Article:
Select Committee on Foreign Affairs Second Report


3  Democracy and human rights

UK policies

40. The promotion of democracy and human rights is a major element in the UK's policy towards Russia. The promotion of "security, prosperity and democracy" in Russia, as one of the EU's neighbouring states, is part of the Government's strategic international priority of "building an effective and globally competitive EU in a secure neighbourhood" (strategic priority 4).[101] The FCO told us that "the UK Government is committed to continue its bilateral and multilateral engagement with the Russian Government, its support for civil society, and its financing of project work, to advance international standards in Russia."[102] According to the FCO, the UK pursues this work because "we believe that an open and democratic Russia will provide better opportunities for Russians and consolidate Russia as a stable and reliable international partner."[103]

41. The UK is pursuing its democracy and human rights promotion policies in Russia in a context in which it espouses a commitment to democracy and human rights in general and is 'mainstreaming' these goals across its international action.[104] Of the UK's strategic international priorities, as updated in 2006, strategic priority 7 consists of "promoting sustainable development and poverty reduction underpinned by human rights, democracy, good governance and protection of the environment".[105] According to the FCO:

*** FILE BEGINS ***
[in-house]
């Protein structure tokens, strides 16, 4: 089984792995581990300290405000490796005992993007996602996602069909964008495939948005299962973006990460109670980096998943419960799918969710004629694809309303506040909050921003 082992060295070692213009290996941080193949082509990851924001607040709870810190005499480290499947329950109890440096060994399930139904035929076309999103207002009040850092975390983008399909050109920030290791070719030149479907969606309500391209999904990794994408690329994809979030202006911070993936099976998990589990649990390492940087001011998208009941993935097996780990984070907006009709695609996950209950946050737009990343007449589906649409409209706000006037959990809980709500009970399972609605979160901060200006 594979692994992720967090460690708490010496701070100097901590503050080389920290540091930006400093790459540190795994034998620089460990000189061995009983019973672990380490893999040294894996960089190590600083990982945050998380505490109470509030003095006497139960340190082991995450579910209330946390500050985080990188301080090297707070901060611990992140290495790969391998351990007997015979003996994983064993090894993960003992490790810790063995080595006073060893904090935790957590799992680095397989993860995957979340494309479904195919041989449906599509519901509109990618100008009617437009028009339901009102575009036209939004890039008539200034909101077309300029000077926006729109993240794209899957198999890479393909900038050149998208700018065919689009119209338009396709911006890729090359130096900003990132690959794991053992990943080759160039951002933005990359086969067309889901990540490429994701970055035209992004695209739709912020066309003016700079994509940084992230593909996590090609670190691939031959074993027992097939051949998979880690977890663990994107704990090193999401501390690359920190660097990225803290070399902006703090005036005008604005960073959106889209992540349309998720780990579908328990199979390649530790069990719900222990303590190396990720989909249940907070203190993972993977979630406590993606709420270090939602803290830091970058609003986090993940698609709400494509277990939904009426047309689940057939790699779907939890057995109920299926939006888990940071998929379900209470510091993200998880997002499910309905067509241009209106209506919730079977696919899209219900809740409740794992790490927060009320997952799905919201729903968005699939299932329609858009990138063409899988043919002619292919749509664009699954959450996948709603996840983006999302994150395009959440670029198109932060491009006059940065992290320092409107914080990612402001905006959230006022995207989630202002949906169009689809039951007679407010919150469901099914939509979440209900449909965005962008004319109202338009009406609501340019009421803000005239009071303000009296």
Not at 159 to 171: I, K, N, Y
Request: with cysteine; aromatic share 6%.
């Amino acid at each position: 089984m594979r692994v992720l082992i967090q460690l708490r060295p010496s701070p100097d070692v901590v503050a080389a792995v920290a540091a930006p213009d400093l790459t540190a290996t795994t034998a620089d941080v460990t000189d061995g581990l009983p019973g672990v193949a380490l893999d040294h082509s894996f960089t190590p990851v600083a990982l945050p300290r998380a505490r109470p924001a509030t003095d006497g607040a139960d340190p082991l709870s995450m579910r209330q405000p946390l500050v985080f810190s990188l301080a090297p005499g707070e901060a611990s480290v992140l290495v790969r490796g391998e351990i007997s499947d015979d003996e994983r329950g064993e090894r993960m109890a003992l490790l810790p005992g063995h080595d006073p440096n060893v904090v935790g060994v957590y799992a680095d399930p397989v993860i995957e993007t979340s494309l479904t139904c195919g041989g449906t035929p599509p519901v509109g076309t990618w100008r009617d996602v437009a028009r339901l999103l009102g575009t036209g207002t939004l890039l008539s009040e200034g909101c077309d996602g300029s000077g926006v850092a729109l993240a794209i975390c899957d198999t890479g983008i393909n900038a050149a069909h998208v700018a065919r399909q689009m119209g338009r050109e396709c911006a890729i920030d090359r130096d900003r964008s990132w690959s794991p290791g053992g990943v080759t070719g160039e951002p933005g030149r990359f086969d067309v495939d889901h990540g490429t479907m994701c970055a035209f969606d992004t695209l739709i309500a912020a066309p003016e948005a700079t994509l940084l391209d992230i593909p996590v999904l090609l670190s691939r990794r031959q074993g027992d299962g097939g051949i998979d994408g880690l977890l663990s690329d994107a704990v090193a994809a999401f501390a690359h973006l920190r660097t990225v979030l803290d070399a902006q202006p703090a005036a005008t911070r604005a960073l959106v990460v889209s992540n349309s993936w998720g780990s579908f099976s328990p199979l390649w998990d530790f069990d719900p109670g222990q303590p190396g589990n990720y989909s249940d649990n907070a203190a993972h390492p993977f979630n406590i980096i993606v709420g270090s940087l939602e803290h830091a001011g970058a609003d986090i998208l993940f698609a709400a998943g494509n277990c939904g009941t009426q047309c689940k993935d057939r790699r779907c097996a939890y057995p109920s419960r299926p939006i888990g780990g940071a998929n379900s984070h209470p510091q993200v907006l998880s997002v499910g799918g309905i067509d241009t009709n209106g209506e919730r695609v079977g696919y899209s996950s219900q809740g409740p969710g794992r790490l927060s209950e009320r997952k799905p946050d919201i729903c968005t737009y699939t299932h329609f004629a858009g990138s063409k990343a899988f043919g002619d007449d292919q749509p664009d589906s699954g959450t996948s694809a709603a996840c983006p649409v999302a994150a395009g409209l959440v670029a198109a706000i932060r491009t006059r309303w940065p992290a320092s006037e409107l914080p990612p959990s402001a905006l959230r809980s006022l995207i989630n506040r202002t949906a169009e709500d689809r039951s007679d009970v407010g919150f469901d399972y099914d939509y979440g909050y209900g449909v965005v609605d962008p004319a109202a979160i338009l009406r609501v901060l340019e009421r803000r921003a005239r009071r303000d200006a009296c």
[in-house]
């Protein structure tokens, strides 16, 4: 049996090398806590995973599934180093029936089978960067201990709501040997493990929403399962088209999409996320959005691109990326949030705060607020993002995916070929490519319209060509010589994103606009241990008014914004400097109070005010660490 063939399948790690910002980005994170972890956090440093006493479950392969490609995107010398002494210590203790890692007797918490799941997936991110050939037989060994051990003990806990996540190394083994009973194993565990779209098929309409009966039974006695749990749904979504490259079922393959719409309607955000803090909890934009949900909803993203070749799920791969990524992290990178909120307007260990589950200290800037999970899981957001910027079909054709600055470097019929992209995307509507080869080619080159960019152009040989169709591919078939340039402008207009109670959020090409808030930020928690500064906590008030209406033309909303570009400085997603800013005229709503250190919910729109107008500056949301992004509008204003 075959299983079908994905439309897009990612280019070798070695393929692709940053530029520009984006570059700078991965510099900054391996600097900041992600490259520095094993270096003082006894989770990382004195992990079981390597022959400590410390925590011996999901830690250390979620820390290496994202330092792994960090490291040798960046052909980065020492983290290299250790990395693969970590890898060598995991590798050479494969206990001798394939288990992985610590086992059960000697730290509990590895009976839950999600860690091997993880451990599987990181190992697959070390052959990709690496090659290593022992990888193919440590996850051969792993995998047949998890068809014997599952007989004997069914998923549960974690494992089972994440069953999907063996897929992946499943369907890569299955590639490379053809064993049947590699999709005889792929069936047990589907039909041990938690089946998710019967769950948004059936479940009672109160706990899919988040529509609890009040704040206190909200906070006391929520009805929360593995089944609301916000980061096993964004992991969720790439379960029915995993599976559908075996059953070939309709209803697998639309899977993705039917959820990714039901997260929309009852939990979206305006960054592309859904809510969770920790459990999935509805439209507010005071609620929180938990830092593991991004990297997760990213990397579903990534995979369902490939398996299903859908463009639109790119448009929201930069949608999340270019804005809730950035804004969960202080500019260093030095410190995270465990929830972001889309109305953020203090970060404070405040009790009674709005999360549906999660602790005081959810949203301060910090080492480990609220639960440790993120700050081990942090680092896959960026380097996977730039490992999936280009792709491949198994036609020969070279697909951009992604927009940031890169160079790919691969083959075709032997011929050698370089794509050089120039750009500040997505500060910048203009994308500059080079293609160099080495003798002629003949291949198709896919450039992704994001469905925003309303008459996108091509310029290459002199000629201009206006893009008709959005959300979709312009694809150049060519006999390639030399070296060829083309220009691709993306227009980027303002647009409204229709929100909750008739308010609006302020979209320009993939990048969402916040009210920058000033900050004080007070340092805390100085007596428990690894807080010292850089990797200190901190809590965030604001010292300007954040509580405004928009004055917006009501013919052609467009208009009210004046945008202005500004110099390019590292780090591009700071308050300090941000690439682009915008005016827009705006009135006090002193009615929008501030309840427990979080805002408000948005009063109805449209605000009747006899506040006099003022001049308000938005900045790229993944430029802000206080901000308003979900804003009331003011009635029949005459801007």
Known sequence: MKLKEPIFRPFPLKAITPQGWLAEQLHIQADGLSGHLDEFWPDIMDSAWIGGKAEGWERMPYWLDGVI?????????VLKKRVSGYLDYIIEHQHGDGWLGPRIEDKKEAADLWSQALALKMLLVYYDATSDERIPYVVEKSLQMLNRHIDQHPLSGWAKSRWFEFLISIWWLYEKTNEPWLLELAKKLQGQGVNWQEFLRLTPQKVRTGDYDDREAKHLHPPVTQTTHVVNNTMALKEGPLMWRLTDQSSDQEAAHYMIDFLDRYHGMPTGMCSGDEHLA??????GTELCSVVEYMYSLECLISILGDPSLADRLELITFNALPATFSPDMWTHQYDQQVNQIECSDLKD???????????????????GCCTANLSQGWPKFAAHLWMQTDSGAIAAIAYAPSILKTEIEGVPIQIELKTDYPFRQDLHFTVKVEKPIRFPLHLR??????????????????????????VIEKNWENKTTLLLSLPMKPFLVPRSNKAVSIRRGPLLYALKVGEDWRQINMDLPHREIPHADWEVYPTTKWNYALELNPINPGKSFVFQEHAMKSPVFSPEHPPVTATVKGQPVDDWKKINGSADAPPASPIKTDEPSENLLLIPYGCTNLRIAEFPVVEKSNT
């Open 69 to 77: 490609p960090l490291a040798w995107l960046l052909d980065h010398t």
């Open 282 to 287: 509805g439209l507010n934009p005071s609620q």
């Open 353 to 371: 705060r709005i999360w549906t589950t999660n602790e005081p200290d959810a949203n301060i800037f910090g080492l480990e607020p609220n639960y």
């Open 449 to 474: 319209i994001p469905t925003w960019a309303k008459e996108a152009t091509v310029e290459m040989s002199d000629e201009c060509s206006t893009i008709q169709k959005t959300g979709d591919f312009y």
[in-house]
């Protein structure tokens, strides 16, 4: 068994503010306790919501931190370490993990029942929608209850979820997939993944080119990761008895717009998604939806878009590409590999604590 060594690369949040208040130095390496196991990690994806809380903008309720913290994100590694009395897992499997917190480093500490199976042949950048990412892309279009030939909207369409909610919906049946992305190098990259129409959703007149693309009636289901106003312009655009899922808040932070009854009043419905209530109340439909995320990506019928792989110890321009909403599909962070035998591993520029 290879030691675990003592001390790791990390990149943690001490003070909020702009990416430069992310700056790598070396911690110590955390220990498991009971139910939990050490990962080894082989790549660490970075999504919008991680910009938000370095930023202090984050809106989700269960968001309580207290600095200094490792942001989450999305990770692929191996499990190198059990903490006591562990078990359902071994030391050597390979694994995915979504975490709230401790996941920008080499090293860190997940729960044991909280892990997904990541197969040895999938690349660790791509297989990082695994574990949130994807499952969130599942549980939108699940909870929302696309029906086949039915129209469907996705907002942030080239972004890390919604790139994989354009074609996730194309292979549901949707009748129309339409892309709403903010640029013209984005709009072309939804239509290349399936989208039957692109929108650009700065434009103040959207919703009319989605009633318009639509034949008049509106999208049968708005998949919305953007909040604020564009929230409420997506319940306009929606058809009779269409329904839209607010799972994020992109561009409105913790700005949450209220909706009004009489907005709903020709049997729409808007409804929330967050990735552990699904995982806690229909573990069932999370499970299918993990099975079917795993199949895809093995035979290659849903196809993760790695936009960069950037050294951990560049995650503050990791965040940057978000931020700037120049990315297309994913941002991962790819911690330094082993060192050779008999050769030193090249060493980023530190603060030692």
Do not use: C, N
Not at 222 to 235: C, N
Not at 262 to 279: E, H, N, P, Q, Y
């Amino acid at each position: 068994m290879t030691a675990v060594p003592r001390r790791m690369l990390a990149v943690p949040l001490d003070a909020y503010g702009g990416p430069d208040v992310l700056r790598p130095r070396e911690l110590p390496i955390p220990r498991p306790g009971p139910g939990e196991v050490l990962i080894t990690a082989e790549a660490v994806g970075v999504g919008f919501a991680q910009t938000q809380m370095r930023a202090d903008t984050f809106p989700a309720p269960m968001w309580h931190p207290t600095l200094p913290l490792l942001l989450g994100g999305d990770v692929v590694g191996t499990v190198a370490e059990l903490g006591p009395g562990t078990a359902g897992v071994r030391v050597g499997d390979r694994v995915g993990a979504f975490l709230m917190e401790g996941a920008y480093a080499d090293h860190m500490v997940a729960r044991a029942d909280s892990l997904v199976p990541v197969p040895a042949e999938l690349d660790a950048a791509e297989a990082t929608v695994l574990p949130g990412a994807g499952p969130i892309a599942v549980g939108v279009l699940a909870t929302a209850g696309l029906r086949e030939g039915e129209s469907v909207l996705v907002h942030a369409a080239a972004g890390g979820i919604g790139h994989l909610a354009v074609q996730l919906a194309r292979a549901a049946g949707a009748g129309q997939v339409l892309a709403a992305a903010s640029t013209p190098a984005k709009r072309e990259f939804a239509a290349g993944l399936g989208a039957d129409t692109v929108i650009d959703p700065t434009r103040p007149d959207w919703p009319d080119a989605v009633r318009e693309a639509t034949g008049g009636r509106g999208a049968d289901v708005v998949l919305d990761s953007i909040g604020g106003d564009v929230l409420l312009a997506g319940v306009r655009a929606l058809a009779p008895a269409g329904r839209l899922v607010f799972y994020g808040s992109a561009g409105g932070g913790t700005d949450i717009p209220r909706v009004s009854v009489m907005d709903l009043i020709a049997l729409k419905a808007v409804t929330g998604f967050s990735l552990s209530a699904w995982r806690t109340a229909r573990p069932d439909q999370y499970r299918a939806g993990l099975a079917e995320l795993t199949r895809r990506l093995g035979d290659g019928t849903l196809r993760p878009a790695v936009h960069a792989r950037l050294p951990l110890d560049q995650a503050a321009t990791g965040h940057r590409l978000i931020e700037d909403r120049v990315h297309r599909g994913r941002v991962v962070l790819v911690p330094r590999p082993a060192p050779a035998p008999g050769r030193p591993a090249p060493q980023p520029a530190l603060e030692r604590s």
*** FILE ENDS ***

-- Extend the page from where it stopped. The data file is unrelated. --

The UK's long-term interests and values are best protected by the spread of democratic values, good governance and respect for human rights, which reduce the likelihood of conflict, combat poverty and support sustainable development across the world. Respect for human rights is important in its own right, but it is also an essential element in building states which are effective and accountable.[106]

42. The UK shares its democracy and human rights promotion goals in Russia with other Western states and organisations. For example, although the EU seeks to focus largely on practical cooperation with Russia, the European Commission's Country Strategy Paper for Russia for 2007-2013 says that "EU cooperation with Russia is conceived in terms of, and is designed to strengthen, a strategic partnership founded on shared interests and common values […] the EU places emphasis on the promotion of democracy, the rule of law and good governance, as well as respect for human rights and fundamental freedoms, in line with its development policy."[107]